Galadrielle Allman has. All of her life.
I just finished Please Be With Me, Galadrielle's extremely intimate and, oh my goodness, incredibly moving (how many times did I cry reading this book?!) story of her father, Duane Allman.
Duane died at the age of 24, when Galadrielle was two. So, of course, she has no memory of her father. All she has are stories told to her by family and friends and the precious photos and recordings that she's been able to get her hands on. I was so impressed by this girl! Her story, their story, contains so much love, humor, wisdom and this almost unbearable, heartbreaking longing for her daddy. I felt so sorry for her so many times. I can't even imagine the loss, how she grew up with her daddy's face looking back at her in the mirror and how she had to tiptoe around her mother when she had questions of their brief time together, when she needed details about her father. There was a deep hunger to know and the only way she could was to ask questions and they were sometimes painful ones. Her Uncle Gregg helped her as did other members of the Allman Brothers Band, her grandmother (Jerry! Such a wonderful, strong woman she was!) and people like Boz Scaggs and Eric Clapton, who were there and worked with Duane. I didn't know that Duane does the guitar riff in Clapton's "Layla" and I certainly didn't know that the royalties for Duane's contribution abruptly ceased in the 80's and Galadrielle had to fight Clapton for twenty years in court to get what is rightfully hers. She's a tough little cookie, that Gragri, as her daddy called her.
The story flows so smoothly and begins, well, at the Allman Brothers' beginning, with their parents, and follows the boys through their childhoods, raised at Daytona Beach by their single mother after their father was killed in 1950, through the long years of struggling to "make it big", the ups and downs of stardom, the good, the bad and the really, really ugly.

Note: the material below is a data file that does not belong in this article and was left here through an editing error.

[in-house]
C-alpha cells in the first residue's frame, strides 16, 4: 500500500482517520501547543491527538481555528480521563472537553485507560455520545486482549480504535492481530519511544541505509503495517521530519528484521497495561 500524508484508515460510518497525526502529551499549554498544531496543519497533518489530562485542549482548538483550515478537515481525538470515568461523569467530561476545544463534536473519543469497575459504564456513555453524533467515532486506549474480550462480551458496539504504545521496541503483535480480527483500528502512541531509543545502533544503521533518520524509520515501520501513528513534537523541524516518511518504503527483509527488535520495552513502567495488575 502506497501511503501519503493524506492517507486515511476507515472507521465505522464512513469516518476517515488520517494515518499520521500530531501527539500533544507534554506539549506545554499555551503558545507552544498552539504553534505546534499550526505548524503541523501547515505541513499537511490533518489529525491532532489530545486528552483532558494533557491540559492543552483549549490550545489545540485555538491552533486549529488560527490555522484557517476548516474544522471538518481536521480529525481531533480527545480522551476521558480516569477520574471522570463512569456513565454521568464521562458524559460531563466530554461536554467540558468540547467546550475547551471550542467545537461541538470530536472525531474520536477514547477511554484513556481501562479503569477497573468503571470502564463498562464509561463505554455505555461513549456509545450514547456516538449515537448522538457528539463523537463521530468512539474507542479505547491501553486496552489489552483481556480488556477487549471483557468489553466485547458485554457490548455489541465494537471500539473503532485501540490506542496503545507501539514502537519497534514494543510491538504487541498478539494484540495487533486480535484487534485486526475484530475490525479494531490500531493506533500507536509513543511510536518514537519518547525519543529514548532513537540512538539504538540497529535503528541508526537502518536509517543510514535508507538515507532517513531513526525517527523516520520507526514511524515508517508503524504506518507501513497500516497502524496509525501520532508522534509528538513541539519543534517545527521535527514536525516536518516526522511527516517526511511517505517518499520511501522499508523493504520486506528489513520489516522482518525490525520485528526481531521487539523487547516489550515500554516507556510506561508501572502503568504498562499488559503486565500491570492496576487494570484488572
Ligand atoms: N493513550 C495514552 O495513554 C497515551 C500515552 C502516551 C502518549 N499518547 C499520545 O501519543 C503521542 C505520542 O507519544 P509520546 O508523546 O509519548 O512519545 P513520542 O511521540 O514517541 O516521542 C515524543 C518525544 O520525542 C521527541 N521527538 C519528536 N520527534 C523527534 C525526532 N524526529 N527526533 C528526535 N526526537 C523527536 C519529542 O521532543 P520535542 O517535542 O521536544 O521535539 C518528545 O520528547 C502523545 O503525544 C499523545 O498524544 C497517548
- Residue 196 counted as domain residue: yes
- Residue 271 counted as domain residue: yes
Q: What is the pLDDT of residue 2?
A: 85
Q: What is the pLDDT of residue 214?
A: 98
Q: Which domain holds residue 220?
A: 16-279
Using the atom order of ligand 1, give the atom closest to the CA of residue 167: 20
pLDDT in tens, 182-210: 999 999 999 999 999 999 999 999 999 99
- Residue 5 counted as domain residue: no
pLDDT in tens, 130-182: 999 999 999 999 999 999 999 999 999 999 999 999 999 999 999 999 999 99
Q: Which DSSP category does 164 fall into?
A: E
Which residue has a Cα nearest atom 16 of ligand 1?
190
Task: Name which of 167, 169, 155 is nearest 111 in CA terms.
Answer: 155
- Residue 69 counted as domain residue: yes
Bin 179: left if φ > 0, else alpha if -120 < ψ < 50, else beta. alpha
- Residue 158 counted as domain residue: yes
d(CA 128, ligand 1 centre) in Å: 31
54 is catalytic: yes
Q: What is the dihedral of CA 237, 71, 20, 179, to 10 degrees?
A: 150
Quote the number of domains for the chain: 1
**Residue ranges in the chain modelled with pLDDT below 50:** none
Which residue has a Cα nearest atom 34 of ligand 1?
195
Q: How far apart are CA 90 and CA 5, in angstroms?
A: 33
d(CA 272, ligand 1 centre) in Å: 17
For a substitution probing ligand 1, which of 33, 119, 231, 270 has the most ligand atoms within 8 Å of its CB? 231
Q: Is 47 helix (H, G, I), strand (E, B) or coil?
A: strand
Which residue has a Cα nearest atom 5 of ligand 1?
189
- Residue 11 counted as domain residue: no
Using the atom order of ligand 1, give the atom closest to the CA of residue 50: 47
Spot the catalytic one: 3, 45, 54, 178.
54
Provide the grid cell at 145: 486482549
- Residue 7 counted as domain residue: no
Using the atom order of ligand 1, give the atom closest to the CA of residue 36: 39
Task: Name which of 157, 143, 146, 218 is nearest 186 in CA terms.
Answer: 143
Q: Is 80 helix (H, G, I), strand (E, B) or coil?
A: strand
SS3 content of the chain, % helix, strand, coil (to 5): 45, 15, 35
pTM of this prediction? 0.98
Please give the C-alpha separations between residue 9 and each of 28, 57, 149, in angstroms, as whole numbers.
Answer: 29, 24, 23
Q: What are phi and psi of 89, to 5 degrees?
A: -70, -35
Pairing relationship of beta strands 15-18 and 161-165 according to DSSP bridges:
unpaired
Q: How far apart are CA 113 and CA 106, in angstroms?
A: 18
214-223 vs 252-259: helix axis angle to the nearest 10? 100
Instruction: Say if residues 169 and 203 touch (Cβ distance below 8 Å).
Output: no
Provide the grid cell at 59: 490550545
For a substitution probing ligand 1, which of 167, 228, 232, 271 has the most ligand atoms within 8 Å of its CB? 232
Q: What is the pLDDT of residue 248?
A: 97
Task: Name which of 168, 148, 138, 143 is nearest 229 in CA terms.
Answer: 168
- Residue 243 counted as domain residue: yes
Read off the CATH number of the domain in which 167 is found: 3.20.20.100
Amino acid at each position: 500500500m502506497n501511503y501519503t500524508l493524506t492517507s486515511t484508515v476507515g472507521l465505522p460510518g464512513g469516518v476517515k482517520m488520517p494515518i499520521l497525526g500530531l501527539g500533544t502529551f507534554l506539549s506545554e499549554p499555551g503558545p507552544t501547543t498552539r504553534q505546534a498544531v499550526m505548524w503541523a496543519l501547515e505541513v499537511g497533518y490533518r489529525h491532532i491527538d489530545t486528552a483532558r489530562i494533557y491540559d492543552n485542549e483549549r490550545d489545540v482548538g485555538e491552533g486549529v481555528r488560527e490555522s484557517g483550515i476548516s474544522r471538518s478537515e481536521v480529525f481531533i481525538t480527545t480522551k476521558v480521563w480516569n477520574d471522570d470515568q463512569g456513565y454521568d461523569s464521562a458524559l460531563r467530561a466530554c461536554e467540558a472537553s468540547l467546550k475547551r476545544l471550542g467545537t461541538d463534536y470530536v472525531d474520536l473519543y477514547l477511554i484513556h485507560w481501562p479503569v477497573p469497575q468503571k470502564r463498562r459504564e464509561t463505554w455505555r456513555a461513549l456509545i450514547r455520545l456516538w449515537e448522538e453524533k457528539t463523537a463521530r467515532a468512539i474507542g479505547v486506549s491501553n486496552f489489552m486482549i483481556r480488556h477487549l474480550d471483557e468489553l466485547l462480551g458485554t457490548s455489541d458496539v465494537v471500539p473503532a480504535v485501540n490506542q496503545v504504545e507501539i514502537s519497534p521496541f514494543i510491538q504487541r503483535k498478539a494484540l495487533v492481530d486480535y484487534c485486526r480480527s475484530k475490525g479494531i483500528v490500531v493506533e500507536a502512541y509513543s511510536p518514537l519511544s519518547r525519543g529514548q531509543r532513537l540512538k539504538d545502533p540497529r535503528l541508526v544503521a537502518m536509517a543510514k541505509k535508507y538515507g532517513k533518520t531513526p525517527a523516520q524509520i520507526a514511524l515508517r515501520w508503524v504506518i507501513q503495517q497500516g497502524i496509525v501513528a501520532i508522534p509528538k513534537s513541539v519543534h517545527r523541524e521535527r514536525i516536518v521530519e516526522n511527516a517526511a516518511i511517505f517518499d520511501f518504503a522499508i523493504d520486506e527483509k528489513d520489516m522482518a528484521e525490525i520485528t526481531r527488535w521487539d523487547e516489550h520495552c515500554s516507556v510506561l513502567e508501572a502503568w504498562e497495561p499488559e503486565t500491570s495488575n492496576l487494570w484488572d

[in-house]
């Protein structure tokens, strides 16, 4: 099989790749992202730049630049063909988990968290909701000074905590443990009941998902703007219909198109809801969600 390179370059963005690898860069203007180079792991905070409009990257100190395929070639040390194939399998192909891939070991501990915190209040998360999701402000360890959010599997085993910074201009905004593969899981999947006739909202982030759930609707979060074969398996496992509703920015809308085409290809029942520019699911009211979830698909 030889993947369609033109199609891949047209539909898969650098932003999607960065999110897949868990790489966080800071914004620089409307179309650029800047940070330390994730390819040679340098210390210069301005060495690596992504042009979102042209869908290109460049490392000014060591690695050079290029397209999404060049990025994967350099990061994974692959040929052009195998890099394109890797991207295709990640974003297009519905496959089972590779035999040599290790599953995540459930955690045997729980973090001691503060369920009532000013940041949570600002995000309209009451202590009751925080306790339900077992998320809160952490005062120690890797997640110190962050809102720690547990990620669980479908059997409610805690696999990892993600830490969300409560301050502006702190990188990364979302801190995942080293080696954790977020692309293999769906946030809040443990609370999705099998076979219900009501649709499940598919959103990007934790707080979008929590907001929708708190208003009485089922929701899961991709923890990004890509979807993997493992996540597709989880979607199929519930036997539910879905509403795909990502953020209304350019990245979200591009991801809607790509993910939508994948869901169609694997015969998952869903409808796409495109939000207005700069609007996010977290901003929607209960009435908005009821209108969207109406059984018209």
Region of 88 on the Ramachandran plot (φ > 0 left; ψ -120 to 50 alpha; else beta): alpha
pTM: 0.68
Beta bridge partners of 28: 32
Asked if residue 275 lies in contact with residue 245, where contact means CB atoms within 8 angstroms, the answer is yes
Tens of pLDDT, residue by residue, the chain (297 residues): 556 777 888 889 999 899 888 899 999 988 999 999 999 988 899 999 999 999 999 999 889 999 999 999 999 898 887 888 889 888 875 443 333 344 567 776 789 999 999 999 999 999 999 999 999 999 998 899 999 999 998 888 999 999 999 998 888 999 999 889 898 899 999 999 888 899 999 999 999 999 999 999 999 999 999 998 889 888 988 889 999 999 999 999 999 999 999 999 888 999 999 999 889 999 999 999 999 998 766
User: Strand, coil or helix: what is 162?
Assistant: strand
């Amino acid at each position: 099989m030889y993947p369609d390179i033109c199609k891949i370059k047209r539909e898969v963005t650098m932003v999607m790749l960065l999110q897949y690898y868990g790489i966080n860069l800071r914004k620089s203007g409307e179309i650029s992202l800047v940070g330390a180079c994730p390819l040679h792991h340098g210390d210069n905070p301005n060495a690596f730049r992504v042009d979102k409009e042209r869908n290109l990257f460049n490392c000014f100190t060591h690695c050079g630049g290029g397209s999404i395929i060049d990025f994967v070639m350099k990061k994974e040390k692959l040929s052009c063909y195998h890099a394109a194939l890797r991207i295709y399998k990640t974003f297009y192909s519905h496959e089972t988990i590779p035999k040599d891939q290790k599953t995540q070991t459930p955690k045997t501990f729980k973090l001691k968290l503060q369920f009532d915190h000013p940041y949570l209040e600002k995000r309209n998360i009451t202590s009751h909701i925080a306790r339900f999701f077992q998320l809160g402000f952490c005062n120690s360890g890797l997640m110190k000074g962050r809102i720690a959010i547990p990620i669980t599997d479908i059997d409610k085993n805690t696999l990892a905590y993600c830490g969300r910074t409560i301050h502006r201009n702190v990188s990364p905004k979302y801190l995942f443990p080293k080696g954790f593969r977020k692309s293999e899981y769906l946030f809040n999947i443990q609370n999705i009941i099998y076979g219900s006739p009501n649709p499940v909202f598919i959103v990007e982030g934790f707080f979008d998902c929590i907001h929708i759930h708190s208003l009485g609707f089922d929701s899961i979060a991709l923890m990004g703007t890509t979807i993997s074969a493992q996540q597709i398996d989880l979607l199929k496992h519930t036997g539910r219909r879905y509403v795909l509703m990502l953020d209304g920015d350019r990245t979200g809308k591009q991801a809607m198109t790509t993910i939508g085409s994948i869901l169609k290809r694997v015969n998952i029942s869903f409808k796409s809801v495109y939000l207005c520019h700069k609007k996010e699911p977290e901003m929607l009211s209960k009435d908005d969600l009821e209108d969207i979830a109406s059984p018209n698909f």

The story of her parents, Duane and Donna, is a bittersweet one. There was no doubt to me that he adored her but the road, drugs, other women and his music consumed him. He was a little burned-out star in no time. Donna lived at The Big House with Berry Oakley's wife, Linda and their baby girl, Brittany and Berry's sister, Candy, while the guys were on the road. I loved the descriptions Galadrielle gave of the beautiful tapestries and rugs and second hand furniture they collected around Macon and the pride those little hippie girls took in making a happy home for their guys.
But when he brought his road girlfriend, Dixie, to The Big House with Donna and two-year-old Galadrielle RIGHT THERE, I was like, "Now, Duane, that is too much!". Donna thought so, too, but instead of kickin' that girl's tail, she took her baby and left. It was as though Duane was driving her away, as though he knew something bad was about to happen and he wanted to get his wife and baby away from it.
He died nine months later, after having an accident on Hillcrest Avenue in Macon, when his motorcycle clipped a truck.
Galadrielle tells a beautiful story of love and loss, love for a daddy she never really had and an almost haunting longing for what should have been.
I loved it. I didn't want to put it down. I hardly did.
If you want your own copy, you can get it here.
Included in the book are a bunch of family photos and this one gets me every time I look at it.
A very young daddy holding his baby girl. It's the only photo she has of the two of them together.